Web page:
sat 25/05/2024

La Sonnambula, Royal Opera | reviews, news & interviews

La Sonnambula, Royal Opera

La Sonnambula, Royal Opera

Vocal pyrotechnics from the girls - Gutierrez, Xanthoudakis and Sikora - rescue a dull time up the slopes with Bellini

The vocally ravishing Eglise Gutierrez as bride-to-be Amina

Imagine what John Cleese might have done with the tale of a slutty sleepwalker who finds herself staying at a packed provincial guest house? Bellini doesn't even touch on farce, let alone psychological investigation. He instead follows the archetypal bel canto formula: dramatic thinness and vocal display.

That La sonnambula doesn't even for one second pretend that it is anything other than a vehicle for showy pyrotechnics (something that was underlined in last night's overly literal Royal Opera House revival) means that one sits through the dramatic torpor with remarkable good humour.

Theatrical boredom was also alleviated by a rather lovely (if a little inflexible) set from director-designer Marco Arturo Marelli. The 1970s Alpine retreat was a pleasing symphony of cold greys, whites and blues, blushing in each act as the sun set and the moon rose. No attempt was made to exploit the numerous opportunities for cleverness. Little attempt was even made to make sense of the theatrical basics. But off-piste activity was to be had. From the voices.

A revelation came in the wise and powerful interventions from Amina's mother, Elizabeth Sikora's Teresa

No sooner had the curtain lifted than Lisa (Elena Xanthoudakis), in a fit of wedding envy, was reaching up into the stratospheric heights in self-pitying Bridget Jones moaning. Amina (Eglise Gutierrez), her maid, is about to marry. And in the numerous ecstatic, pitch-perfect hops, skips and jumps of her ravishing coloratura, Gutierrez made sure we knew it.

The challenges for Amina keep coming as she sleepwalks into a compromising embrace with a fellow hotel guest, Count Rodolfo (a solid if spunkless Michele Pertrusi), and sends her Elvino (Celso Albelo) into a spin. Gutierrez delivered all her vocal fireworks in an exquisitely sleepy state, engaging in some extremely fine legato bel canto. Her dreamy voice, coloured by the small warming palpitations of her vibrato, aided this fluidity. Most astonishing, however, was how she was able to deliver all the highest roulades and trills (on Cs, Ds and E flats) sotto voce or fortissimo. Most singers can only do one or the other.

Next to this Albelo's stiff, strained, warthoggy contributions as Elvino were about as welcome as a police siren. Xanthoudakis continued to offer a first-class vocal slalom throughout. A revelation came in the wise and powerful interventions from Amina's mother, Elizabeth Sikora's Teresa. Listening to her flawless vocal technique, watching her considered and confidant stage presence, glorying in her lusty voice - suggesting a woman half her age - I was left wondering why I've only just heard of this extraordinary lady.

The chorus's dumb intrusions (never a strong point for the bel canto brigade) are kept to a minimum, though last night - which saw the choir on unusually poor form - it was not nearly minimal enough for me. Conductor Daniel Oren did what he had to do, but no more. There were some lovely small solo contributions from the flutes and horns. But without the contributions from the female vocalists I might have somnambulated out the door.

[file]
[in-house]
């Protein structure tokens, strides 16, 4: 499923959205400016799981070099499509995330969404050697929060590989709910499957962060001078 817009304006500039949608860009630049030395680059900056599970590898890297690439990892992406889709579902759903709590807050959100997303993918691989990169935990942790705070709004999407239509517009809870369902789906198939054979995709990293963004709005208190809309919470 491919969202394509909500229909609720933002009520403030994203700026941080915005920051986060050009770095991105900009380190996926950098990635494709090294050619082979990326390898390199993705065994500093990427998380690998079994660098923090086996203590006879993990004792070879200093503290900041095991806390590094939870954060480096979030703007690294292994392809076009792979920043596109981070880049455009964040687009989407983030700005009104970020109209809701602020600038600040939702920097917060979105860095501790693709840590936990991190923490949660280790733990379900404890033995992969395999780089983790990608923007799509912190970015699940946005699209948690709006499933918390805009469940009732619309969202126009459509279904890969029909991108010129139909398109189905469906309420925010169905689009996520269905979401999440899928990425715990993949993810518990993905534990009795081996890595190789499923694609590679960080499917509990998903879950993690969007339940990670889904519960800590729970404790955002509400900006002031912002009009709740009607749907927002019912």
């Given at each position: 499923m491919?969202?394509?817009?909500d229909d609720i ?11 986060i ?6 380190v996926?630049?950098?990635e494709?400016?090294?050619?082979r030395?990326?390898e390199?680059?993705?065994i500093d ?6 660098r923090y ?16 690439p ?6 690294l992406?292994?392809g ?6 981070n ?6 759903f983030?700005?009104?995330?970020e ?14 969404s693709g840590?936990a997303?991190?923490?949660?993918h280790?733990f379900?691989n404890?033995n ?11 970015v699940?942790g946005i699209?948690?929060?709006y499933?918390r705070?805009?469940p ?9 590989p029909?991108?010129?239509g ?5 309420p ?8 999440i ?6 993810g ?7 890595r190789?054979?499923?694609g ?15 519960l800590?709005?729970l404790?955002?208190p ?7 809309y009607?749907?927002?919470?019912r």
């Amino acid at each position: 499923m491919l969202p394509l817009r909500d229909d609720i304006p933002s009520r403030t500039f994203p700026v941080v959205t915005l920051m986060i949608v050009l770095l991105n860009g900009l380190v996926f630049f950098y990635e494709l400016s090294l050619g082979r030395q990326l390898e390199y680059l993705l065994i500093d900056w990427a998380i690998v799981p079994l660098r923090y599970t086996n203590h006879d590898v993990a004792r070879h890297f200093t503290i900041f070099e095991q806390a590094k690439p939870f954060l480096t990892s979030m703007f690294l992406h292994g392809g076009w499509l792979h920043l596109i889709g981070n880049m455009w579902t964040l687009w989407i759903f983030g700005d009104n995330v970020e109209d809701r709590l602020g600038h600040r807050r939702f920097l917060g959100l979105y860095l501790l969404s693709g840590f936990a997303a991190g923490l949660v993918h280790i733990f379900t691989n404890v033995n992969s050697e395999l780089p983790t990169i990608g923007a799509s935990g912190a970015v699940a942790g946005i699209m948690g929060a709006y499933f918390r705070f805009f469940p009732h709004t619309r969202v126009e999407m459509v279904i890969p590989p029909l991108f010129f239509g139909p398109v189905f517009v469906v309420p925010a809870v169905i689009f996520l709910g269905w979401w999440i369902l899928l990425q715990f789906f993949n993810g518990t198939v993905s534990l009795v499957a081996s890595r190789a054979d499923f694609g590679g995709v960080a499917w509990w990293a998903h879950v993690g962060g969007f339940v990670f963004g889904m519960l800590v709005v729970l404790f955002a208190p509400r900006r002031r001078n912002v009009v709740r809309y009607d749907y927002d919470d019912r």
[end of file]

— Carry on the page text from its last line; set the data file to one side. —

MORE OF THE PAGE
• La sonnambula continues at the Royal Opera House until 18 November
Next to Gutierrez, Celso Albelo's stiff, strained, warthoggy contributions as Elvino were about as welcome as a police siren

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I concurr totally with this review. A pity that the tenor (Albelo) does not deliver the goods. It seems to me that he is yet another example of an over-hyped singer that does not have even his basic technique right. In Spain and Italy they treat him as the best bel-canto tenor today; but I can think of at least five or six better names than him.

Would you care to name these five or six names of the tenors your refer?

JUan Diego Florez, Javier Camarena, Lawrence Brownlee among others.. .

GLAD that you noticed how good Sikora was - best singing of the evening. A real old trouper, used to be in the chorus, and always worth listening to

I agree that the women were fantastic - and I too wondered how I had never realised what a wonderful voice Sikora has. but I also enjoyed Albelo's ability to sing without breaking into a sweat - it was so soothing to hear his effortless projection. He is not the most charismatic singer or the best stage actor, but his voice is a jewel that has somehow bypassed the recent decades of vocal forcing and pushing which we have begun to accept as normal. It was a joy to watch an evening full of good old honest and unpretentious singing, where the key moments were when the singers simply walked to the front of the stage and connected with the audience.

I agree completely with your assessment of Albelo's voice. I too thought it had great sincerity and warmth and would go and would definitely want to listen to him again. The arts desk review is at least more favourable than any of the others I've read! Apart from the conducting being a bit slow I enjoyed the performance very much.

My first encounter with this opera and I too enjoyed the women's singing. Wasn't the conducting very slow at times???

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